I was sitting in the Cultures of Thinking workshop yesterday, and I heard a lot of things that resonated with me personally as well as with our work as a whole. None more so than the statement that engaging and powerful learning experiences should have a “low floor and high ceiling”. I took this to mean that all students should be able to enter in to the experience because there is a low barrier to entry. It also means that students should be able to continue to find challenge as they progress, experiencing ever more persistent inquiry to whatever level they need.
I looked in the book, and this is how the idea it is represented:
The key phrase there (for me, at least) is “as far as they wish.” Students should be both allowed and encouraged to think things through as far as they want. To put it another way, they should be able to “personalize” their learning because their teachers have planned for them to do so within a culture of thinking.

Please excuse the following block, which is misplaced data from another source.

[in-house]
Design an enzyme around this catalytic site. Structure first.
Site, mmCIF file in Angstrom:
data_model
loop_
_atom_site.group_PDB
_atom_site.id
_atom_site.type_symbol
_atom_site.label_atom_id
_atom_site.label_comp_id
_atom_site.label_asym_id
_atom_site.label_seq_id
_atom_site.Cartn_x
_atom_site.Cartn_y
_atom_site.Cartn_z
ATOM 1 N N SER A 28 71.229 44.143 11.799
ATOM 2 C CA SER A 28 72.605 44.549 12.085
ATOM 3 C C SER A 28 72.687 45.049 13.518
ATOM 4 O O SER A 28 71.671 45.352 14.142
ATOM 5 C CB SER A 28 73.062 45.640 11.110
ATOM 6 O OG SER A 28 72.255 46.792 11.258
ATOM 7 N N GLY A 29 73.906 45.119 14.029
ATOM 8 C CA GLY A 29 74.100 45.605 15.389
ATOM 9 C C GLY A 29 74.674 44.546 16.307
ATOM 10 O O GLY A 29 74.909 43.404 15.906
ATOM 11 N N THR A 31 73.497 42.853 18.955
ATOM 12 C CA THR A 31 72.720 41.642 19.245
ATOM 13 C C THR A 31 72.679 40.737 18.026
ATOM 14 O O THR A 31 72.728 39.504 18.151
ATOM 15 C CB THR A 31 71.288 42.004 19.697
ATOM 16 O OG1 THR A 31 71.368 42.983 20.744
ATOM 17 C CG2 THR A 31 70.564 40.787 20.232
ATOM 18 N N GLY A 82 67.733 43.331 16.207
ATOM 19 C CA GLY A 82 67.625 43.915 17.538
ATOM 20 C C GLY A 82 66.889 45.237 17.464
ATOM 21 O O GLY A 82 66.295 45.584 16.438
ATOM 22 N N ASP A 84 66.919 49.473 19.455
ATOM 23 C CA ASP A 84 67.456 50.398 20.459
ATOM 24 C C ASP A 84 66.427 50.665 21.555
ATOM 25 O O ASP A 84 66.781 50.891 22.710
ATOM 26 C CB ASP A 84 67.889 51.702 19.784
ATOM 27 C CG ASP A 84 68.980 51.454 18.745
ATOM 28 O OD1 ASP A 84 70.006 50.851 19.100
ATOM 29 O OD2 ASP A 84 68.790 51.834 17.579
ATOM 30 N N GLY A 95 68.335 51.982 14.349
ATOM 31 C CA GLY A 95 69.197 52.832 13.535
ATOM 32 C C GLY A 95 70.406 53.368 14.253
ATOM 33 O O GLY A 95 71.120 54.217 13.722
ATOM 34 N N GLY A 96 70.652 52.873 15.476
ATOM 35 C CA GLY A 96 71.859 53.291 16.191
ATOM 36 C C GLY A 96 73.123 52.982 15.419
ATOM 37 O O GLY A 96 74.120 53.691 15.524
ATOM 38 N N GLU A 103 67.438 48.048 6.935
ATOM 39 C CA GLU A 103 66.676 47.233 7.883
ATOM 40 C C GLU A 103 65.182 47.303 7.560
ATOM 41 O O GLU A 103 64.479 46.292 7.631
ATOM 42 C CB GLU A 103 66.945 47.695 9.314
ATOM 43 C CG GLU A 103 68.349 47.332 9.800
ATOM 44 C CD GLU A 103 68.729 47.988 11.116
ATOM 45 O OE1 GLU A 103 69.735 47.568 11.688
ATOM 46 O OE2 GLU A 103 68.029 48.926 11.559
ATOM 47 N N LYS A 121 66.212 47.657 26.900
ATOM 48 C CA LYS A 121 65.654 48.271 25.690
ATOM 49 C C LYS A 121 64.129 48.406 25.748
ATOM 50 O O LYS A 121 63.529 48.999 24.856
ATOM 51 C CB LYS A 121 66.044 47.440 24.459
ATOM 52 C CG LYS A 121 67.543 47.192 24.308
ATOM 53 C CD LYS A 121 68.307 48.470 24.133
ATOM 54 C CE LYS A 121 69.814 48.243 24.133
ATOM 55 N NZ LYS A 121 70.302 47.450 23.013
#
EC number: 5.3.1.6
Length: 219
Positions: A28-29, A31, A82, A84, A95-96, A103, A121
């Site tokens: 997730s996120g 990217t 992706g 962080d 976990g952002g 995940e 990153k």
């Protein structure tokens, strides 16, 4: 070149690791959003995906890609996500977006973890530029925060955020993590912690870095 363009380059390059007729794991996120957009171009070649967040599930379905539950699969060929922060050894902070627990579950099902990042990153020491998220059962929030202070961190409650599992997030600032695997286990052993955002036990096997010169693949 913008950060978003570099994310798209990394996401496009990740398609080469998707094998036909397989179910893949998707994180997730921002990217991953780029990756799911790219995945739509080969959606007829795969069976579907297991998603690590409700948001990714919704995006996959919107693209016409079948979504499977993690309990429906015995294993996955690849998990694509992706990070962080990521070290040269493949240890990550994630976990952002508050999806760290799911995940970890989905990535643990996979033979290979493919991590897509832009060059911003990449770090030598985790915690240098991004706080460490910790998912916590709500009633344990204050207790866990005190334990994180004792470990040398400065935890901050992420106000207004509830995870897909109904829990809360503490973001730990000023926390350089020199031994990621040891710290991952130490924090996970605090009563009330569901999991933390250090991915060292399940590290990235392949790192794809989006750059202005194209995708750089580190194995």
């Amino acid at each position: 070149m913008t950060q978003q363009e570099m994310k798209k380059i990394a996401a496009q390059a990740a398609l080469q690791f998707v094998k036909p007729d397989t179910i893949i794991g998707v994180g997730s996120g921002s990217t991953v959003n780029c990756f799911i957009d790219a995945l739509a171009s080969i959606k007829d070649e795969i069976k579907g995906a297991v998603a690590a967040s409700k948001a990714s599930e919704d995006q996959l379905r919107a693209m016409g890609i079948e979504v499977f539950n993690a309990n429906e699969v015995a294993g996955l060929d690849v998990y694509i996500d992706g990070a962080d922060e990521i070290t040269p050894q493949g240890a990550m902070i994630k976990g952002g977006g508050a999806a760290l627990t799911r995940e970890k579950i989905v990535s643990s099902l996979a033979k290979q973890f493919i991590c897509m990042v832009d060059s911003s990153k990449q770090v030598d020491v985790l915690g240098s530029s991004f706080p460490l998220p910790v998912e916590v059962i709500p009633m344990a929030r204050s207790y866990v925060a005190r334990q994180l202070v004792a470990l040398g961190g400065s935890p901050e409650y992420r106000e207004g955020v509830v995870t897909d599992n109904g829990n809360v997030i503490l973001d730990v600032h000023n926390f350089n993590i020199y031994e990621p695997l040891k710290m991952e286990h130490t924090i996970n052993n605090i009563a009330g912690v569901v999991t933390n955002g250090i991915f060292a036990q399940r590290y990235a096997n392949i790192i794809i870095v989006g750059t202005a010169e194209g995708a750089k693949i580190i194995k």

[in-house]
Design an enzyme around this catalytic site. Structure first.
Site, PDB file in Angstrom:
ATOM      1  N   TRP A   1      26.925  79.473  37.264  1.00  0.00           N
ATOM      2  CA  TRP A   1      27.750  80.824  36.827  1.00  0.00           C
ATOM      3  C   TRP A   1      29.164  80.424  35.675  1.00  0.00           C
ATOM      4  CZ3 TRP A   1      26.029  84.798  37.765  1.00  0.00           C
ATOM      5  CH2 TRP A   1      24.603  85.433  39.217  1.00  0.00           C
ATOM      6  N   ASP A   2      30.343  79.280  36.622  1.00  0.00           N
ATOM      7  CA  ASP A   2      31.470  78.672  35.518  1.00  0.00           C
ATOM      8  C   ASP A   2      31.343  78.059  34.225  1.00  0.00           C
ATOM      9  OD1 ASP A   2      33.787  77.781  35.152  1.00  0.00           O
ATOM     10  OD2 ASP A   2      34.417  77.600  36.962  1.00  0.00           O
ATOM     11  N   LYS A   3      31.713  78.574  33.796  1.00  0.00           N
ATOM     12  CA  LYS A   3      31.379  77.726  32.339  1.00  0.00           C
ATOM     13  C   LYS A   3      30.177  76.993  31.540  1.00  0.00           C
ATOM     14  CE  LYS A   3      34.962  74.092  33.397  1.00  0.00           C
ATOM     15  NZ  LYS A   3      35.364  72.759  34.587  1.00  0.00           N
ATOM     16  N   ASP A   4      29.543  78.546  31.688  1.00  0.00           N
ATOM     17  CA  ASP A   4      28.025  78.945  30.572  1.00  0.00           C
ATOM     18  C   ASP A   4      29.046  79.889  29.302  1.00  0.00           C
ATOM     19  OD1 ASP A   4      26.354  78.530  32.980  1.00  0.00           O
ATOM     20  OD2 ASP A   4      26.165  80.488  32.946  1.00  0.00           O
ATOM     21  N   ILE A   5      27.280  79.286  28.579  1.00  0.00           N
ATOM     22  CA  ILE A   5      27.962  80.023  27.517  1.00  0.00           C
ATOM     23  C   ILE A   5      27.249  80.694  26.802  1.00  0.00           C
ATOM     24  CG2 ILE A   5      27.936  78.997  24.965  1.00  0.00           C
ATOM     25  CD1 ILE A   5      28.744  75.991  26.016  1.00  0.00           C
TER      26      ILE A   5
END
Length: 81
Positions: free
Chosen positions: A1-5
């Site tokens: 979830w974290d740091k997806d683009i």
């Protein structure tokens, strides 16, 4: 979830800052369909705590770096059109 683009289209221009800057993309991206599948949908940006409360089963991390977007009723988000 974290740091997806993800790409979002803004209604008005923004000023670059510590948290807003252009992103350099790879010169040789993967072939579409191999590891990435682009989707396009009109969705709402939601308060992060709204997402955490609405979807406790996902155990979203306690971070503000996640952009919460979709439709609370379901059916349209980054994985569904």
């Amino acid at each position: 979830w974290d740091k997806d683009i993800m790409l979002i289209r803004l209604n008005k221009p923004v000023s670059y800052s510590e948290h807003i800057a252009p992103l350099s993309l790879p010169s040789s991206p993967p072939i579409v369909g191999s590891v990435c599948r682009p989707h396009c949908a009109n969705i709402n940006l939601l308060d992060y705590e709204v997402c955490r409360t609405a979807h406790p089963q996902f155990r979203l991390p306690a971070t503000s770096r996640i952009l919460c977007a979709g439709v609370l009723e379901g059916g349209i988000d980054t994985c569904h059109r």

I sent that annotated screenshot out on Twitter with the hashtag #ReclaimPL.
I did this for two reasons.
First, I am really tired of software companies claiming that they have a silver bullet for Personalized Learning. I’m tired of adaptive assessment being touted as a panacea, making huge gains for personalized learning when the students are not making any of the choices, the algorithm is. In two articles (here and here) that were shared with me just last week, these software solutions were touted as both inevitable and essential, and I don’t buy it.
Second, Personalized Learning can be seen in lots of different methods, pedagogies and ideas. It is not new, and it is not exclusive. It is found in the Cultures of Thinking research just as surely as it is found in Montessori practices. It is found in the Marzano research from more than a decade ago and it is found in the “what works” findings from McREL.
And when we see Personalized Learning, both what it is and isn’t, we should say so. We should “reclaim” it so that others aren’t defining it as software making decisions for kids or as something that doesn’t have its roots is great teaching practice.
Anyway, I started a hashtag yesterday as a result of being with my peers and grappling with important cultural forces in classrooms.